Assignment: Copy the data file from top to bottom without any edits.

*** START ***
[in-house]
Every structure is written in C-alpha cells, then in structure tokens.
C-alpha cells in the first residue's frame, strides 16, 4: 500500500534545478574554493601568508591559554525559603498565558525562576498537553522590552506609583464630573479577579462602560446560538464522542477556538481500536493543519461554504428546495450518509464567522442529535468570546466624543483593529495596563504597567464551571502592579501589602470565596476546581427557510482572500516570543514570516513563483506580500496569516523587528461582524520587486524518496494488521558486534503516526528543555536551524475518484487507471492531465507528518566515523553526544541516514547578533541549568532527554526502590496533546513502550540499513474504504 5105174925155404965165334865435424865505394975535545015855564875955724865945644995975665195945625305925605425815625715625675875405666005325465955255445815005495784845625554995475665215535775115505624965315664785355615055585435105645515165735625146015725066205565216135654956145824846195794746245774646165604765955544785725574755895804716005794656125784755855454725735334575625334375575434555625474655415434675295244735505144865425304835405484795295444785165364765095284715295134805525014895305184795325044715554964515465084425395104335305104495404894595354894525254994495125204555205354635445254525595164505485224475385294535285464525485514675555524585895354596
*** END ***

[in-house]
Every structure is written in C-alpha cells, then in structure tokens.
C-alpha cells in the first residue's frame, strides 16, 4: 500500500534545478574554493601568508591559554525559603498565558525562576498537553522590552506609583464630573479577579462602560446560538464522542477556538481500536493543519461554504428546495450518509464567522442529535468570546466624543483593529495596563504597567464551571502592579501589602470565596476546581427557510482572500516570543514570516513563483506580500496569516523587528461582524520587486524518496494488521558486534503516526528543555536551524475518484487507471492531465507528518566515523553526544541516514547578533541549568532527554526502590496533546513502550540499513474504504 5105174925155404965165334865435424865505394975535545015855564875955724865945644995975665195945625305925605425815625715625675875405666005325465955255445815005495784845625554995475665215535775115505624965315664785355615055585435105645515165735625146015725066205565216135654956145824846195794746245774646165604765955544785725574755895804716005794656125784755855454725735334575625334375575434555625474655415434675295244735505144865425304835405484795295444785165364765095284715295134805525014895305184795325044715554964515465084425395104335305104495404894595354894525254994495125204555205354635445254525595164505485224475385294535285464525485514675555524585895354596